6. 6. independent contractor. The key is to avoid exercising too much behavioral and financial control over the consultant and to maintain a true independent contractor relationship. 1. Define the Services - Again, as with any other contract for services, define the services to be rendered with sufficient specificity that you are comfortable that you can point to language that supports your position in the event of a dispute over what the other party or you are supposed to do. 2. Independent Contractor- Be sure to specify that the party is being retained as an independent contractor and not as an employee and that the document does NOT constitute a contract of employment. Specify that the consultant or contractor is responsible for withholding and payment of applicable taxes, etc .and is not entitled to any benefits of employment. The party being retained as a consultant or contract must be free to perform work for other parties, so long as it does not conflict with the duties and responsibilities to be performed under the consulting agreement. You should not appear to be in a position of exerting too much control over the location, timing and methods of performance. 3. Responsible for Tools of the Trade - The consultant or contractor should be responsible for its own expenses, i.e. phone, office, facsimile, equipment, insurance, utilities, etc. 4. Confidentiality and Non-Disclosure- A consultant or contractor must be willing to warrant that it will maintain the confidentiality of proprietary information or documentation it receives from the principal and not disclose the same to any third party, except as authorized and that it will return all such information, documents and records at the conclusion of the agreement. This duty should survive the termination of the consulting relationships for any reason. 5. Termination – The parties should be able to terminate for defined “cause” or, if more advantageous to you, without cause upon specified written notice. 6. Indemnification – As with any contract for services or the delivery of a product, mutual indemnification from third party claims is essential. 7. Insurance – Will you require the performing party to carry its own insurance? This is strongly recommended. Again, consider requiring that your company be named as an additional insured and be sure to ask for a certificate of insurance. Remember that in the event of litigation to enforce an agreement, the court will interpret ambiguous or confusing contract language in a light less favorable to the party that drafted the agreement. Also, many contracts are now drafted with language that requires the parties to acknowledge that they have been advised of the right to have counsel review the document and that they have done so. Contract review by your legal counsel in advance of document execution could save you considerable time and money later on down the road. Remember, in the words of Ben Franklin, an ounce of prevention is worth a pound of cure. If you have any questions, please contact Robert J. Weil, Esq. at (703) 399 5671 or you can e- mail me at Law Office of Robert J. Weil, PLLC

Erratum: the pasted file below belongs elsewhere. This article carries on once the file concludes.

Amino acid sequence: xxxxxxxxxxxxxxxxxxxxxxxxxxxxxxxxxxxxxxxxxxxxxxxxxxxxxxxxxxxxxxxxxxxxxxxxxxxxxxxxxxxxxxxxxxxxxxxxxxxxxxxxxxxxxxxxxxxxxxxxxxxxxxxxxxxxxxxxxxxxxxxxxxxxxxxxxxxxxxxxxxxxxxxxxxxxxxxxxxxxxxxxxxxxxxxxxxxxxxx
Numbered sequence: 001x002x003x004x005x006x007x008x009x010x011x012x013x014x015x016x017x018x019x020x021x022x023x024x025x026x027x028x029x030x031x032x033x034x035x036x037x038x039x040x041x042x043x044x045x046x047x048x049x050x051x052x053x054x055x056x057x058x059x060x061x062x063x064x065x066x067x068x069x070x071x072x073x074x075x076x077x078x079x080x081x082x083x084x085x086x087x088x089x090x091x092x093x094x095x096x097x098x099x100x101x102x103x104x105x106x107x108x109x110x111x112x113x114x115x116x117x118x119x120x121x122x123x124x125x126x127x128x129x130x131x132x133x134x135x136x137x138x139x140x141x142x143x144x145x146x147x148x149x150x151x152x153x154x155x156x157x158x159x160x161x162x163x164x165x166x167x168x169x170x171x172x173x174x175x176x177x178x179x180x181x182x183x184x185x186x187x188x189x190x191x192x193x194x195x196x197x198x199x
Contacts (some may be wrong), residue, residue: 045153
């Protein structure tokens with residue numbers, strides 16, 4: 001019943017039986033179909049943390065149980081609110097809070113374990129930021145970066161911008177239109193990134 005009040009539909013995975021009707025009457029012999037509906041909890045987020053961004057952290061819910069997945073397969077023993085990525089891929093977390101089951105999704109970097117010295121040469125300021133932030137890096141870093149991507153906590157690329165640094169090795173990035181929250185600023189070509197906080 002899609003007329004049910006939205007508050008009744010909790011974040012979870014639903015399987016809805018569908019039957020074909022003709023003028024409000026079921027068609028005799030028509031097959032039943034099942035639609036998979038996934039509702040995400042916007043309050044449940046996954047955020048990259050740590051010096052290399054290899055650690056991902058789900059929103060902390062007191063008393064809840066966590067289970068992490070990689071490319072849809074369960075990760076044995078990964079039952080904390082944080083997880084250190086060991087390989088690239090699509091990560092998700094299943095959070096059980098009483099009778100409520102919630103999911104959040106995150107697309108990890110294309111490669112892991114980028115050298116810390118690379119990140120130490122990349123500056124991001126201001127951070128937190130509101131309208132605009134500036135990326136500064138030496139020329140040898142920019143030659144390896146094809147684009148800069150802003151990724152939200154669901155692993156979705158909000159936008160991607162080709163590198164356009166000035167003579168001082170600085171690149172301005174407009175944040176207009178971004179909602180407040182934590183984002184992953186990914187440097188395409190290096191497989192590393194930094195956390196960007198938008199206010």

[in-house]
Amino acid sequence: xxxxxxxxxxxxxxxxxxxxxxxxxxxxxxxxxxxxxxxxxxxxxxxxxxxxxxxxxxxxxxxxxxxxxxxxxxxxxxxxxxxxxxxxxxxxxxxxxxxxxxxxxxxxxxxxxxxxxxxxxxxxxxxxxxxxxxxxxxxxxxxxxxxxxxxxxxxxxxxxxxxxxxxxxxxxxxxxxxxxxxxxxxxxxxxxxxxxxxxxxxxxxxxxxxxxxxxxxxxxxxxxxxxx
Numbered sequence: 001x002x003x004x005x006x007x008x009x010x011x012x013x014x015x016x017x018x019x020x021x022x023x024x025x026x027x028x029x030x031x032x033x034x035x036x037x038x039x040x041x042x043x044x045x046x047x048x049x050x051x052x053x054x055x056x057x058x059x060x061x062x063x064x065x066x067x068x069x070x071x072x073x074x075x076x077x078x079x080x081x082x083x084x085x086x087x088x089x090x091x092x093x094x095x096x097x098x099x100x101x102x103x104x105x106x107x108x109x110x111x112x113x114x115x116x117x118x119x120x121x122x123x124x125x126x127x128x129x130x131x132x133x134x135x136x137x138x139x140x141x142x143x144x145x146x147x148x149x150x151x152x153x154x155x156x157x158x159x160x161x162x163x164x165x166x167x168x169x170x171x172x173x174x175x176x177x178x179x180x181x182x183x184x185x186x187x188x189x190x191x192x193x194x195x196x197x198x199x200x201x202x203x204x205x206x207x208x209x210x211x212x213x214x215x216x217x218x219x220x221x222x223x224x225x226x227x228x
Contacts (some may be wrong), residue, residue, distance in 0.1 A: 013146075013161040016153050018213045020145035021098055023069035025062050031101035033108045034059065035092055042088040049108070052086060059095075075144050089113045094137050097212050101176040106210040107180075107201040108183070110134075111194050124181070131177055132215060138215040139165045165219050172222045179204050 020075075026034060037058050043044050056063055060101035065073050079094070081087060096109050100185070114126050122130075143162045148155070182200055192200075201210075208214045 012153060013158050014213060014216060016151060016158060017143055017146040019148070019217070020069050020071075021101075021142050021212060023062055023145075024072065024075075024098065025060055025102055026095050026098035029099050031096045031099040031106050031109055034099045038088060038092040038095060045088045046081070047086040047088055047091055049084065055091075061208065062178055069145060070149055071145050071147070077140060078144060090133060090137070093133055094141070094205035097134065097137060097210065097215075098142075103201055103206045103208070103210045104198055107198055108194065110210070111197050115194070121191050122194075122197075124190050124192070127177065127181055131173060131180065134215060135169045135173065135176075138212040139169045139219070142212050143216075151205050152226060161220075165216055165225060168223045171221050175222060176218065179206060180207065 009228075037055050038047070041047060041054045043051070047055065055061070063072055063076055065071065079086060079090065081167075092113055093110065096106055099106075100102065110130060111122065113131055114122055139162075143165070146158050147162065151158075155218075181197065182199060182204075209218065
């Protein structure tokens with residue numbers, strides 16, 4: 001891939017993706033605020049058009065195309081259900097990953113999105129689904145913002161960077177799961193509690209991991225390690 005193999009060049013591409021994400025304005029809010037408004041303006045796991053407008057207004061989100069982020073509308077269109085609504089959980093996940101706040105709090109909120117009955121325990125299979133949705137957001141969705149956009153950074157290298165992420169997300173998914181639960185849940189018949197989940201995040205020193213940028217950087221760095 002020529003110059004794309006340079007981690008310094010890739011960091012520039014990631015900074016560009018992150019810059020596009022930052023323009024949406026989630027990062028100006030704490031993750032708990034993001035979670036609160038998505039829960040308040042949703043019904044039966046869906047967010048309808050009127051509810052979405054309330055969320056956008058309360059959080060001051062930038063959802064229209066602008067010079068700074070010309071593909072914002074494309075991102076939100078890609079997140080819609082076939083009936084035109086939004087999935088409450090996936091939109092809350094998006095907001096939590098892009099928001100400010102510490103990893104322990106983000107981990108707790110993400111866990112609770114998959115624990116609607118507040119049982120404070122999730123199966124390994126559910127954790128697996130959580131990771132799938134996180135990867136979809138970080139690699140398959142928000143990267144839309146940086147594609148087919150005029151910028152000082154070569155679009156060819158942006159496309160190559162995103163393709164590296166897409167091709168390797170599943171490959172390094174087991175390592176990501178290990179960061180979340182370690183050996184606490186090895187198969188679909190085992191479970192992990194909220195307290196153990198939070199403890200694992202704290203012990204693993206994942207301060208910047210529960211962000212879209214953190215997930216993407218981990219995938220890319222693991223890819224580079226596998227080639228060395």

7. 7. 4031 University Drive, Suite 100 Fairfax, Virginia 22030 (703) 934 2036 Office (703) 277 7730 Fax (703) 399 5671 Cell